Picking Up the Crumbling Pieces
The sixth and final installment in a series of web-only articles on the subprime/securitization crisis
This is a web-only article from the website of Dollars & Sense: The Magazine of Economic Justice available at http://www.dollarsandsense.org
This is a web-only article, available only at www.dollarsandsense.org.
at a 30% discount.
The time has come to wrap up this series on the subprime/securitization crisis. Not because the crisis is at an end, or has even come to a turning point (only the most tendentiously ideological—or simply disingenuous—have gone that far), but because it has reached a juncture at which its contours will de determined as much, at least, by possibly unforeseeable future government actions as prior economic or financial events which may require elucidation. Accordingly, in this final installment, I would like to focus on the medium- and longer-term significance of the crisis, and specifically on what I see to be the essential issues that must be dealt with comprehensively if effects of the crisis are not to result in serious long-term economic weakness, or even become transformed into the component parts of a new, and even more potentially devastating, bubble.
Before I do this, however, I’ll review the most important developments since the last installment appeared on the eve of the U.S. elections. One year ago, on the same Martin Luther King, Jr. holiday weekend, that the Federal Reserve, responding to the crash of the monoline bond insurers’ (sellers of insurance on company debt, the outlook for which was becoming rapidly dire given declines in several economic indicators) shares, coordinated the first of what would become a routine series of historically large interest rate cuts. And what do we see one year on? Another working holiday weekend for Fed and Treasury officials in this country, responding to the stubbornly deteriorating situation at Citibank and Bank of America with the designing of plans to somehow ring-fence toxic assets once and for all, most likely via the establishment of a “bad” or “aggregator” bank. Such a bank would, at taxpayer expense, and with the aid of a lot of debt guaranteed by the government, buy the same dodgy assets banks are reluctant to part with (because an understandable lack of demand among private investors would almost certainly guarantee rock-bottom prices and, in turn, large revisions downwards on the asset side of banks’ balance sheets, making further sell-offs of their already distressed equity a near-certainty).
Meanwhile, in the UK, the admission of a staggering loss in 2008 of up to £28 billion (US$40 billion) by Royal Bank of Scotland dragged UK financials lower despite another weekend announcement of a major initiative (prompted in no small part by the former) by the government to prop up RBoS with an equity injection and steps to guarantee new securities backed by mortgages and other assets. Other steps tabled by the Brown government included a voluntary scheme to insure potential losses to banks on bad assets (crafted along the lines of the U.S. moves to save Citi and BoA) and forcing the banks, in return—somehow—short of full nationalization, to resume lending to beleaguered consumers and businesses. In the United States, the incoming Obama administration seems to be trying to square this circle, too.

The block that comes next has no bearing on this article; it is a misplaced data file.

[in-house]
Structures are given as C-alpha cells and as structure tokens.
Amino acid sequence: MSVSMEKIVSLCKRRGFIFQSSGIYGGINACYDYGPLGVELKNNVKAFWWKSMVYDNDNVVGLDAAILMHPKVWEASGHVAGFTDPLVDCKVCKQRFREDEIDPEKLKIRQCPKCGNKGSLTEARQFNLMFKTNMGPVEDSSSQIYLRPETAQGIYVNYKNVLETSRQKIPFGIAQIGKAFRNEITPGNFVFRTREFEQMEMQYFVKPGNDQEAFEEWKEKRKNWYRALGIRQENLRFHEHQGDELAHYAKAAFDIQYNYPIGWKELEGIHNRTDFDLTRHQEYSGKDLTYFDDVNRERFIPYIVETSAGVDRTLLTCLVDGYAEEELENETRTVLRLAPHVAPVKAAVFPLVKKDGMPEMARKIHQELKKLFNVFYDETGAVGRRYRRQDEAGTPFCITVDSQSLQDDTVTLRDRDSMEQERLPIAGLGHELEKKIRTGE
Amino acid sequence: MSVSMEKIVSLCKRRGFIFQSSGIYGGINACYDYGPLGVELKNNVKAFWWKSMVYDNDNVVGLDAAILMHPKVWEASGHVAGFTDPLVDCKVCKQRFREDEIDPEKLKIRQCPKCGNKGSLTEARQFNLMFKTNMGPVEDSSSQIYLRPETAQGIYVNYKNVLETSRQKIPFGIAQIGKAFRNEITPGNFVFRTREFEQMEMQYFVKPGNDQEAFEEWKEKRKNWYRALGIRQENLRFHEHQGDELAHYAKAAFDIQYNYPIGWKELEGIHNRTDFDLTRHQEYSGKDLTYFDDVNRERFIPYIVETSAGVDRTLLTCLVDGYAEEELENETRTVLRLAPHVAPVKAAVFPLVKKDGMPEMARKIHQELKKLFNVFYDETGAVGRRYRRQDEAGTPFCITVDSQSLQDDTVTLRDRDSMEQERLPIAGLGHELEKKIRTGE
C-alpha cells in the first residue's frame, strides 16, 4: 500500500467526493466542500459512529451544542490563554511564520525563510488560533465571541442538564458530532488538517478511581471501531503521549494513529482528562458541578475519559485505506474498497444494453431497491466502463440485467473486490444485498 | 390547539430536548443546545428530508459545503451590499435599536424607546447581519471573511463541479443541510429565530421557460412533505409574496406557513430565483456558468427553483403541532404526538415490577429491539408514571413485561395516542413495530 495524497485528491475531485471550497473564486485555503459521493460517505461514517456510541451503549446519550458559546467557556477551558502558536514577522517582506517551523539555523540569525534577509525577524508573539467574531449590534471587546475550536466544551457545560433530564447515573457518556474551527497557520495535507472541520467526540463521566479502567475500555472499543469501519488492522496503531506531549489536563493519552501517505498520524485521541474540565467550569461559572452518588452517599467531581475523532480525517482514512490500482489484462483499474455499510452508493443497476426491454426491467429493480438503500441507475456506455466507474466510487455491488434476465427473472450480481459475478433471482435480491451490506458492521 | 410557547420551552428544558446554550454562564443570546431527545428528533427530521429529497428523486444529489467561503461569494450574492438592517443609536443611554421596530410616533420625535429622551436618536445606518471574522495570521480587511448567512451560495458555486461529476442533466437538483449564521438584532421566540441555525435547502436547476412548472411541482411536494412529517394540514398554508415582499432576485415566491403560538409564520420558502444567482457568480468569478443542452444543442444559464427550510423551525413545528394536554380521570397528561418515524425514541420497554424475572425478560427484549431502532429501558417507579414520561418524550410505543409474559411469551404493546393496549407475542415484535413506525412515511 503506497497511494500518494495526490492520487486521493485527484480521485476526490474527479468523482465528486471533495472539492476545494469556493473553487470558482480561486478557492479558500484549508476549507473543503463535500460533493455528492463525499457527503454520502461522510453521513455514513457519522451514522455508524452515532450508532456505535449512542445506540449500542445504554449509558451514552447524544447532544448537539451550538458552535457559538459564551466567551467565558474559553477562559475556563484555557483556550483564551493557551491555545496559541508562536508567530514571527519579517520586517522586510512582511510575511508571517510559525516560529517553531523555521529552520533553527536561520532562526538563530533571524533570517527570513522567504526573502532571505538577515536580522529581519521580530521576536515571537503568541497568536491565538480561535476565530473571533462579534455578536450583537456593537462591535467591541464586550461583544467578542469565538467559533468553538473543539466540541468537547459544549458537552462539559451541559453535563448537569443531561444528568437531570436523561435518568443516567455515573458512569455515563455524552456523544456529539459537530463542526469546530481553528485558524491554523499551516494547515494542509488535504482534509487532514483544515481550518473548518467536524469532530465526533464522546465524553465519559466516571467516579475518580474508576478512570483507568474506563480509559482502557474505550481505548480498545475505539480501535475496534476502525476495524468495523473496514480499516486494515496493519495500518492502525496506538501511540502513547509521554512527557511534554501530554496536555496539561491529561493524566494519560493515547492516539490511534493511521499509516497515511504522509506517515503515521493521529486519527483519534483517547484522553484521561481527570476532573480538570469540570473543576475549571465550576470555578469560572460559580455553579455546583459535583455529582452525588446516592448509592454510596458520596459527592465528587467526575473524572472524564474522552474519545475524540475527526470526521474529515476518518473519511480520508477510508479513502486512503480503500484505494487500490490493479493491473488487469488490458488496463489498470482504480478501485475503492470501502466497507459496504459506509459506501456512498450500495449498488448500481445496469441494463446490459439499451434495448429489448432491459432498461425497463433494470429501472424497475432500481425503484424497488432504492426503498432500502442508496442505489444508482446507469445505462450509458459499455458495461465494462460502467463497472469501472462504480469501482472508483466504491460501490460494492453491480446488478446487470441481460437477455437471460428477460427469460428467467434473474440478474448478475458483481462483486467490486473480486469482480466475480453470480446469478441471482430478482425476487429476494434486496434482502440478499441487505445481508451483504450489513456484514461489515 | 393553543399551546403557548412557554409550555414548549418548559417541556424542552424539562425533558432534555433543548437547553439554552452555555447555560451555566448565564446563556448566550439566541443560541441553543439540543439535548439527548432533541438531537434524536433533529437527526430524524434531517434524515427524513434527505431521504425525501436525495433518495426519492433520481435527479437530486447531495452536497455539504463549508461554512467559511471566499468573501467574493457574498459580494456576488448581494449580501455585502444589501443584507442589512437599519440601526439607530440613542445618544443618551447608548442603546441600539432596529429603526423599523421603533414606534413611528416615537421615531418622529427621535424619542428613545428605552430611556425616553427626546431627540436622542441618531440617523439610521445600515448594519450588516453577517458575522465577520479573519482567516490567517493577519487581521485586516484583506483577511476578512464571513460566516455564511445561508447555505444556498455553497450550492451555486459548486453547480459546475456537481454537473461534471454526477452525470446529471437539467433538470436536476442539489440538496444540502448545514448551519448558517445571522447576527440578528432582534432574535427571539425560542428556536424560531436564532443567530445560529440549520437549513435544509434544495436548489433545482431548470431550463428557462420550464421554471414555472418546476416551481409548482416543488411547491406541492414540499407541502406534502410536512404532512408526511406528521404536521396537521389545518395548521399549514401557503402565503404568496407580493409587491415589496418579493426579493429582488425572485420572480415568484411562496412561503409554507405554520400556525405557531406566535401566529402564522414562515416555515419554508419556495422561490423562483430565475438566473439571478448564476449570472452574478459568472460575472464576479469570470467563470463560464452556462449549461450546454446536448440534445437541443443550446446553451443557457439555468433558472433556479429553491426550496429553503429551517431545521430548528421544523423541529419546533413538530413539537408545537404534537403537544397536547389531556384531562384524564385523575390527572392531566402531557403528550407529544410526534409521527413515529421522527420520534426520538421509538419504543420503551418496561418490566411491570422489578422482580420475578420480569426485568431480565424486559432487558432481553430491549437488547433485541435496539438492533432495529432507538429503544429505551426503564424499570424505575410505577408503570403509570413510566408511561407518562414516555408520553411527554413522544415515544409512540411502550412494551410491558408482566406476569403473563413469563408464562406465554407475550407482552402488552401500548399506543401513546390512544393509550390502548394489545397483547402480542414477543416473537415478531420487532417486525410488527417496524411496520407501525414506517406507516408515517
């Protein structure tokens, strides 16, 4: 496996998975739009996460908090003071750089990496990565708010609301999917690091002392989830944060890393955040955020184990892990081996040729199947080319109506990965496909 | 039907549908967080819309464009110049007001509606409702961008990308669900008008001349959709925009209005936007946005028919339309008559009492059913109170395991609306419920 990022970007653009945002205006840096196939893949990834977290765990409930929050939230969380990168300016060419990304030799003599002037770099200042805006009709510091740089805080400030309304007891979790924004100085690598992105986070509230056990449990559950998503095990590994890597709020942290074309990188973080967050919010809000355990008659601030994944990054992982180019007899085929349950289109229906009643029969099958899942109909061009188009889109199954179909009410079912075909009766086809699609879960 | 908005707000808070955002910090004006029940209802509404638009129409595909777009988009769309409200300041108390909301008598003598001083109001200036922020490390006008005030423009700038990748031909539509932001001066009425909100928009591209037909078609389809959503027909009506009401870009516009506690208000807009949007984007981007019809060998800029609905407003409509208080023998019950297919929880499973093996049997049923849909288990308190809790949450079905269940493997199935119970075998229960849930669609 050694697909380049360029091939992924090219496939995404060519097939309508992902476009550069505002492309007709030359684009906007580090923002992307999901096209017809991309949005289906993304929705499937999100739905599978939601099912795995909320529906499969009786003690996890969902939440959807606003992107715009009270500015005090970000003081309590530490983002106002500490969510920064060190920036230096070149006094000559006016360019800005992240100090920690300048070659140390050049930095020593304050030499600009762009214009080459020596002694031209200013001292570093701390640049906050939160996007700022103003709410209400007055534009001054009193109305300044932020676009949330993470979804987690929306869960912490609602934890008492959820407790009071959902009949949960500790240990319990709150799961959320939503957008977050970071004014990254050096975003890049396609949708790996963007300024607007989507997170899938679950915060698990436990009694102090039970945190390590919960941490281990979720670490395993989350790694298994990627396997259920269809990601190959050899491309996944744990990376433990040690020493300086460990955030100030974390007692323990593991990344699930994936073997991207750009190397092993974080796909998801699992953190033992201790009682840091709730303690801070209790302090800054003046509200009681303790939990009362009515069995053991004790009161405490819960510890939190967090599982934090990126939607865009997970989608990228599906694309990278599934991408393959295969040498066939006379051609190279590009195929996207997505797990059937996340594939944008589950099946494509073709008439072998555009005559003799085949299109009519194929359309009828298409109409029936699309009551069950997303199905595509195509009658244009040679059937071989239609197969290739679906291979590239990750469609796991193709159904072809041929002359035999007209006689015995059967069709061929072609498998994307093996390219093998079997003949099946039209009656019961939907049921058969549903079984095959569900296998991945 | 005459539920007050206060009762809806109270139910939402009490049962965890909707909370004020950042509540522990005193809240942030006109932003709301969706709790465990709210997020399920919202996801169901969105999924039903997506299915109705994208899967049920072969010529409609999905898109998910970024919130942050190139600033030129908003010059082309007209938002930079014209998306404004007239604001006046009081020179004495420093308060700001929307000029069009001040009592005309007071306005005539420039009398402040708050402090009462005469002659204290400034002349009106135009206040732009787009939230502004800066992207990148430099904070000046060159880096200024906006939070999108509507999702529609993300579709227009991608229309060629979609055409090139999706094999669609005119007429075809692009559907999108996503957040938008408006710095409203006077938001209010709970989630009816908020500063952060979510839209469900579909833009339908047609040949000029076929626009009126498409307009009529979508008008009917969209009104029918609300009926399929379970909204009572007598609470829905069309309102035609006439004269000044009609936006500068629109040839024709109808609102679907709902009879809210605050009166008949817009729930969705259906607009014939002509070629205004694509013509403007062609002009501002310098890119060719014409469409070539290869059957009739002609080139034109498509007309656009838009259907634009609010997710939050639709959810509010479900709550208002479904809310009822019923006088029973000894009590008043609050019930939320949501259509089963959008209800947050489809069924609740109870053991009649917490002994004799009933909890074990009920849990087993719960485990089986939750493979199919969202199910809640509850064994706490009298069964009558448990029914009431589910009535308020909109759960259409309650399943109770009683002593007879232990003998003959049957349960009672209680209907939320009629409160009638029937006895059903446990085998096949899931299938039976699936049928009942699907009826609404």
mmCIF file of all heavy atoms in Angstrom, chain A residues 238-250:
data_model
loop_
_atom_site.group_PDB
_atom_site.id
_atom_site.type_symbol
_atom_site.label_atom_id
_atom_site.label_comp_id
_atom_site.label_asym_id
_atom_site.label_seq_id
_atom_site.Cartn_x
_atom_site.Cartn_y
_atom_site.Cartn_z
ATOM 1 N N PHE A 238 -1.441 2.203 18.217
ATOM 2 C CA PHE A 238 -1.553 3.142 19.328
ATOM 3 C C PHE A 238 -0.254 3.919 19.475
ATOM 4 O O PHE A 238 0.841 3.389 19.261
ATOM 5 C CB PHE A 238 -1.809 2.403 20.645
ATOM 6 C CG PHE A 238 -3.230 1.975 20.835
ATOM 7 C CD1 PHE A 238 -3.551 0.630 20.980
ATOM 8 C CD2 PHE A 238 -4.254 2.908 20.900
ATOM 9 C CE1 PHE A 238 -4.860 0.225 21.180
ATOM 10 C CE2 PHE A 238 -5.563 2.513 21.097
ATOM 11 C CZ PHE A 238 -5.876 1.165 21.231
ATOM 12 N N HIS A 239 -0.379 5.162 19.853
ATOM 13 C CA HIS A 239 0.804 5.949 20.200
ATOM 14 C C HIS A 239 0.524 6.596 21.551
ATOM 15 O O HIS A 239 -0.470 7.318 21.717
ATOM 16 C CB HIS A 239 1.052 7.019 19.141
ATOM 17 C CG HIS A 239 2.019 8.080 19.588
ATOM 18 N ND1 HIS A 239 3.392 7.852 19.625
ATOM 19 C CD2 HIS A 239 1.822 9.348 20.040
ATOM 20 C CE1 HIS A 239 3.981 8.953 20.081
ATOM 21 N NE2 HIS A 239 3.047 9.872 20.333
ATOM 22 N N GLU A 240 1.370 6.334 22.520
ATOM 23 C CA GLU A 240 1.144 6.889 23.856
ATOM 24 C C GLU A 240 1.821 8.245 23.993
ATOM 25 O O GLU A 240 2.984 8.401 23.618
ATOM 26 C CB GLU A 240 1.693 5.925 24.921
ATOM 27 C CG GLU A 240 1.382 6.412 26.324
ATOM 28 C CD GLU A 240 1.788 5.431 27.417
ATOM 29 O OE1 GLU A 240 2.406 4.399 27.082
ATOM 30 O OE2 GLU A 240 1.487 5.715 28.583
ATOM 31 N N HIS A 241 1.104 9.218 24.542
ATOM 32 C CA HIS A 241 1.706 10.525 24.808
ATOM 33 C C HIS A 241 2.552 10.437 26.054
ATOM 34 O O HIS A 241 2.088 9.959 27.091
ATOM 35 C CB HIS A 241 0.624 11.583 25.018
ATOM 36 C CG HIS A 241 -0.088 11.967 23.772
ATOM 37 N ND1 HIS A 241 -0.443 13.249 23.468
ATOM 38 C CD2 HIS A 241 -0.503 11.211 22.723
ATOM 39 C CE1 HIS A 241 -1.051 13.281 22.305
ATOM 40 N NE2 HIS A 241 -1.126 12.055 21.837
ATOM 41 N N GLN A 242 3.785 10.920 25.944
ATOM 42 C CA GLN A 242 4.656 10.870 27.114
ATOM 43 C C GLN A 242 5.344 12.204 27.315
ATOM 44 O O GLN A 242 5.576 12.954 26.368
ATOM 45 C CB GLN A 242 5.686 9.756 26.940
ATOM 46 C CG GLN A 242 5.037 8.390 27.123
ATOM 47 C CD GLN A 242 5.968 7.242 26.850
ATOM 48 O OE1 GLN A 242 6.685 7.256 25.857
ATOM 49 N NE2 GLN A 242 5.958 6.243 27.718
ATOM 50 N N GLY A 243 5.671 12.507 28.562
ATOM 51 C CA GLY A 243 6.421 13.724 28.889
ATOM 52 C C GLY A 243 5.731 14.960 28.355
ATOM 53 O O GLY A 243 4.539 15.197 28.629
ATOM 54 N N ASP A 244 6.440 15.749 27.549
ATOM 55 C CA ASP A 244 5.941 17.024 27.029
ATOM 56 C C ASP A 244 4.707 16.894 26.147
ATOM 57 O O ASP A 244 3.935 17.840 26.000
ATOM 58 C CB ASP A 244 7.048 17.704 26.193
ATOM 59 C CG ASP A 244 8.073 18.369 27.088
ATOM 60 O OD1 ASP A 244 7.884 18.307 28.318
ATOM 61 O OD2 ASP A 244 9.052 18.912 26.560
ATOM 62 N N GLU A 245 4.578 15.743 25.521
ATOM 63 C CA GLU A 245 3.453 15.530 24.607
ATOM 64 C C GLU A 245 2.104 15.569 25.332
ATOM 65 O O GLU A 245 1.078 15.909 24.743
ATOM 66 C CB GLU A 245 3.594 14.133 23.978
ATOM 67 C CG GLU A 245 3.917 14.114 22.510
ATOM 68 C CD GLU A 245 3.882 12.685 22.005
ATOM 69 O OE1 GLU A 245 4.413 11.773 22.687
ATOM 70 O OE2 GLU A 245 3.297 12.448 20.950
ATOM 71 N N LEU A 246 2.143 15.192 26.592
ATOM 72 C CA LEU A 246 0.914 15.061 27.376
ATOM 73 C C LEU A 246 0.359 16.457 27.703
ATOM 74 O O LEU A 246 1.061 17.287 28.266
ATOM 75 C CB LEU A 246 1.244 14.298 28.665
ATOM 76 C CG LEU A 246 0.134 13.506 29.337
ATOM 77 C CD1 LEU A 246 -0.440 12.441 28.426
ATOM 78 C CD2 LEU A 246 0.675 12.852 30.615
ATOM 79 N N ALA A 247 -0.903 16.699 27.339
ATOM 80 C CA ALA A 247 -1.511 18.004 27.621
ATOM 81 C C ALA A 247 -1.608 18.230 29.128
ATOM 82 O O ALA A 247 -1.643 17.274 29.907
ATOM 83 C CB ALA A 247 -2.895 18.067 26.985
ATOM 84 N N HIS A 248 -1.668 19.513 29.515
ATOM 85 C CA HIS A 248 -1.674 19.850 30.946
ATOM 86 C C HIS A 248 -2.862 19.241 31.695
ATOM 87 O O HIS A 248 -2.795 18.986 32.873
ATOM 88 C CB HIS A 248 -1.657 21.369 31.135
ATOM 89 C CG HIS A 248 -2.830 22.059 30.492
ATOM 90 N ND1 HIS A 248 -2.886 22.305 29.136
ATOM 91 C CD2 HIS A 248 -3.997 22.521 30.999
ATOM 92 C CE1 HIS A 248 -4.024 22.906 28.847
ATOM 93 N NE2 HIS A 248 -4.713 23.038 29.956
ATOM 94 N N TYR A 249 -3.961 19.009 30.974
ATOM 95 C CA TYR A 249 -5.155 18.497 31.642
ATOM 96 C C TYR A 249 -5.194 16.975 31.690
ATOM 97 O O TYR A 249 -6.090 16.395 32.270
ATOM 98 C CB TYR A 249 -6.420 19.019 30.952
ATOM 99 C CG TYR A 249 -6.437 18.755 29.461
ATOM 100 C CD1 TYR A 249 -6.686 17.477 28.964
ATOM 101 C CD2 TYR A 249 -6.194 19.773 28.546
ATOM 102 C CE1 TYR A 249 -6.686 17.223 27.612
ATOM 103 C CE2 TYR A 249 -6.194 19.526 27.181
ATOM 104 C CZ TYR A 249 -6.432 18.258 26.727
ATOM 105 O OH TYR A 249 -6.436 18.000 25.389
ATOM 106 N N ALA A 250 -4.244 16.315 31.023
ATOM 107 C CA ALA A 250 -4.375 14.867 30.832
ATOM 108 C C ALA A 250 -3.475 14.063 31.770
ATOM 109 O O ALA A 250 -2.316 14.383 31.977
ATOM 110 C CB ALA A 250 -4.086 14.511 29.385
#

At this point, governments are playing a particularly dangerous game: if they continue to increase their stakes in banks, private investors (including already hobbled pension and endowment funds) will fear that their holdings will be “diluted,” because their share of equity will decline as the state’s share grows, as the latter surely must if the toxic assets are to be taken off the banks’ books at the truly dismal prices many now suspect they are worth (and as banks issue new equity in the race to maintain capital levels in an atmosphere characterized by rapidly falling asset values). In a way, we are facing the same situation, writ large, that, as the Financial Times noted, held when Fannie Mae and Freddie Mac found themselves under attack last summer (remember Secretary Paulson’s “bazooka”?); but, last summer, very few people thought the potential losses the banks and near-banks could suffer was anywhere near what has turned out to be the case. So the authorities are finding themselves pressured to ring-fence the bad assets once and for all, even though private investors run away every time they make moves in this direction; but if governments don’t step in, the toxic assets will not be removed from bank balance sheets, as the prices they could fetch could well result in losses that would send the same investors heading for the door anyway. It is partly in order to forestall this inexorable dynamic that banks continue to hoard capital and fail to pass along the funds they are receiving from governments as loans to consumers and businesses. For ideological and other reasons, most policymakers keep the option of full nationalization at arm’s length, but even leftists must acknowledge that wiping out shareholders via full nationalization could have punishing effects on the pension funds of ordinary workers (not that this is reason enough not to nationalize, in and of itself). Still, that’s no excuse for the sweetheart deals governments have cut with banks, which don’t offer the public a voice in the running of the banks they are saving. And it doesn’t alter the fact that the banks may be worth precious little, anyway. Expect more chaos in the banking sector, no matter what the authorities do.